Polyphenols in dark chocolate lower blood sugar levels in rodents; human studies suggest dark chocolate is safe for many diabetics
by Craig Weatherby
It would seem safe to assume that chocolate is a bad choice for people with diabetes or at risk of the disease.
But, combined with prior human studies, the surprising results of a new animal study from Japan turn conventional wisdom on its head… at least with regard to raw cocoa and to chocolates dark enough (like ours) to be very rich in antioxidant polyphenols.
- Study in mice shows cocoa antioxidants help control blood sugar in diabetic animals.
- Earlier human studies found similar anti-diabetic effects from chocolate.
- Dark chocolates have low glycemic indices and loads, and raise blood sugar only slightly.
A team led by Dr. Makoto Tomaru of Tokyo Medical and Dental University tested the effects in female mice of diets supplemented with a cocoa “liquor” rich in the polyphenols called flavanols (catechins and procyanidins).
They did this by adding various amounts of a cocoa “liquor” high in flavanols to the diets of healthy and diabetic mice (Tomura M et al 2007).
(Note: The term “cocoa liquor” refers to finely ground cocoa beans, which liquefy during grinding. Cocoa liquor has the same flavanol content as unsweetened baking chocolate, and not many more flavanols than our 85-percent-cocoa Organic Extra-Dark Chocolate bars.)
Study tests various levels of cocoa flavanols
The scientists used two groups of mice: normal, healthy mice and obese, diabetic mice, and divided each of these main groups into three subgroups:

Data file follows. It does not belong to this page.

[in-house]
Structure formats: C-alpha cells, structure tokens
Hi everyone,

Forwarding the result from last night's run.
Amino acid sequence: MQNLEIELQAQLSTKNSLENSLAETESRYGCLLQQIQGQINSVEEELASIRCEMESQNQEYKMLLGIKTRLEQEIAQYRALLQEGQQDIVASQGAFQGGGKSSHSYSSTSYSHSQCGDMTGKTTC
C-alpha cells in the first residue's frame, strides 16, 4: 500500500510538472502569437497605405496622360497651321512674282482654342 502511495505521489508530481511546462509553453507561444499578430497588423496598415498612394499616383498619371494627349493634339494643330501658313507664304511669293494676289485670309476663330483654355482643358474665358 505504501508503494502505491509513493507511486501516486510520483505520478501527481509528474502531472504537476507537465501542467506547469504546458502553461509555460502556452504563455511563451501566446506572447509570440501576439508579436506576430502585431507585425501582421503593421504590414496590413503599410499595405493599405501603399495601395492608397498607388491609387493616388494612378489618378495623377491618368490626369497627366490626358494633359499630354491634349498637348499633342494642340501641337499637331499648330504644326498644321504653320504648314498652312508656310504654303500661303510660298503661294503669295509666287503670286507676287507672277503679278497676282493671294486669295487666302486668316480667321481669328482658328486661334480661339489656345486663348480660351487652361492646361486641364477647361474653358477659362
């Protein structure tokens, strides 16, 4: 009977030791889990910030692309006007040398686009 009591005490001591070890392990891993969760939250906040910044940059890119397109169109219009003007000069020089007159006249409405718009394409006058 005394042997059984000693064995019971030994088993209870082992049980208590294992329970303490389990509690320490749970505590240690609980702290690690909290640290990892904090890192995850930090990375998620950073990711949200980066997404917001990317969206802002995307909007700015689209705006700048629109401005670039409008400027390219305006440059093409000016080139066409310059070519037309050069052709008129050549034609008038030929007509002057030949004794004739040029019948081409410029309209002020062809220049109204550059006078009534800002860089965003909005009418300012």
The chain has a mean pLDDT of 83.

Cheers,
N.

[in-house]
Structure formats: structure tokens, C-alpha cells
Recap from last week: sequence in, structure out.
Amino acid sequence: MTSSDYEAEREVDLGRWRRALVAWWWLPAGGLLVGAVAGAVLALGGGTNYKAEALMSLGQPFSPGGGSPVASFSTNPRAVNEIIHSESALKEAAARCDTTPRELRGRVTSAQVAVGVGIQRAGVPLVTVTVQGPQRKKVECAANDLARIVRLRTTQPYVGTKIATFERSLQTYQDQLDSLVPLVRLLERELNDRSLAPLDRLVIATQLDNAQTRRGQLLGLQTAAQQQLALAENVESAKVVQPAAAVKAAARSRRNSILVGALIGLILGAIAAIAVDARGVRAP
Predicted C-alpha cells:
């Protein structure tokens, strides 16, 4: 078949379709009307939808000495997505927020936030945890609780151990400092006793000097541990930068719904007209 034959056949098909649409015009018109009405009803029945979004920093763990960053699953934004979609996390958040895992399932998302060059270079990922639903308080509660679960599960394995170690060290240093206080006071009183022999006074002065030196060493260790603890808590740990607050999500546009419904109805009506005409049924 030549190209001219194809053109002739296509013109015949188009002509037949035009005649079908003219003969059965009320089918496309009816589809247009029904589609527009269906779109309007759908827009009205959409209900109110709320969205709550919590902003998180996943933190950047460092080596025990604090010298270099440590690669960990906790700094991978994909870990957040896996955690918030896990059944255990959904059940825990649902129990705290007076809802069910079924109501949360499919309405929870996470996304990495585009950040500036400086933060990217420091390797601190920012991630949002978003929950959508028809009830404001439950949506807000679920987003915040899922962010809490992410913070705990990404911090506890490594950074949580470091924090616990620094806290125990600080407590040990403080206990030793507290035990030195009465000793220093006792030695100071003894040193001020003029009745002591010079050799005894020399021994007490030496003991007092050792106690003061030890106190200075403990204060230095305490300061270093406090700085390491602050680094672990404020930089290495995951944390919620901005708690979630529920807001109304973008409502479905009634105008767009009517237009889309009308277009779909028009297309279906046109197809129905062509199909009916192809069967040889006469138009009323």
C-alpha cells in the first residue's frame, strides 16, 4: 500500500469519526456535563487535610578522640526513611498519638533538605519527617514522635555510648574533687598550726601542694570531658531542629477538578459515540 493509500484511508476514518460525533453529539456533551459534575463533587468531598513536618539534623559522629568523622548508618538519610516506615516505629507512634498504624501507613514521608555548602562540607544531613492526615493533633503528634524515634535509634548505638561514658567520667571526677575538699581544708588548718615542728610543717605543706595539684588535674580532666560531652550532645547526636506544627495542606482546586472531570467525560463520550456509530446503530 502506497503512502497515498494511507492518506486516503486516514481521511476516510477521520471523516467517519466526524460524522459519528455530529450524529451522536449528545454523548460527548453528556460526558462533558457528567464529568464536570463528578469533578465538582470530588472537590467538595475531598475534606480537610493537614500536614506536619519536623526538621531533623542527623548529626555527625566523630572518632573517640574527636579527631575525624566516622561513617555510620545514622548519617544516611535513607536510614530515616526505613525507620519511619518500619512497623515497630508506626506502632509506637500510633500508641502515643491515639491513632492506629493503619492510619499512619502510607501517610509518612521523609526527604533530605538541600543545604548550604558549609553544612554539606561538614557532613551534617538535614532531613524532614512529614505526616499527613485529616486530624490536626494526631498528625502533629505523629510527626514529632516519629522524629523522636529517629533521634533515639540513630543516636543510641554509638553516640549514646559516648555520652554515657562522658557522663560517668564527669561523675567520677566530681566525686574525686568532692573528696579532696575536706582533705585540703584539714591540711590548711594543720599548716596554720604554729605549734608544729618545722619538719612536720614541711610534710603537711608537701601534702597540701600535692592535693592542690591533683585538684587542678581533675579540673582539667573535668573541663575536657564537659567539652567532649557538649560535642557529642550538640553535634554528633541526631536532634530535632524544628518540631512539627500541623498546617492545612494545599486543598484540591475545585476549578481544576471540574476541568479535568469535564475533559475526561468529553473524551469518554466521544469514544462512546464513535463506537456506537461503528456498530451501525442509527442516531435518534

- Control Group received a standard lab-mouse diet.
- Group A received a standard diet containing 0.5 percent flavanols.
- Group B received a standard diet containing one percent flavanols.
They measured the animals’ blood levels of glucose and fructosamine at the beginning of the study, and after three weeks on the test diets. (Fructosamine is a metabolic byproduct of dietary sugars: doctors measure its blood levels to help gauge diabetics' sugar-control status.)
Compared with the healthy mice, the diabetic mice started the study with higher levels of blood levels of glucose and fructosamine.
Chocolate flavanols moderate blood sugar in diabetic mice
After three weeks, the blood levels of glucose and fructosamine in the healthy animals did not change significantly, regardless of which diet they were on.
But the blood levels of glucose and fructosamine dropped substantially in the obese, diabetic mice fed flavanol-supplemented diets (Their body weights and food consumption were unaffected).
And the flavanols reduced blood sugar levels in a dose-dependent manner, with the one-percent flavanol diet lowering them more than the 0.5-percent flavanols diet.
As the investigators said, “To our knowledge, this is the first study to report that flavanols can prevent aggravation of type 2 diabetes...” (Tomura M et al 2007).
Based on the result of prior human and animal research, the Tokyo-based team hypothesized that the antioxidant effects of flavanols reduced insulin resistance in the mice, thereby lowering the animals’ blood levels of glucose.
What about people?
A prior study showed positive blood-sugar-control-effects in people with high blood pressure who ate three ounces (100 grams) of dark chocolate per day (Grassi D et al 2005 and 2003).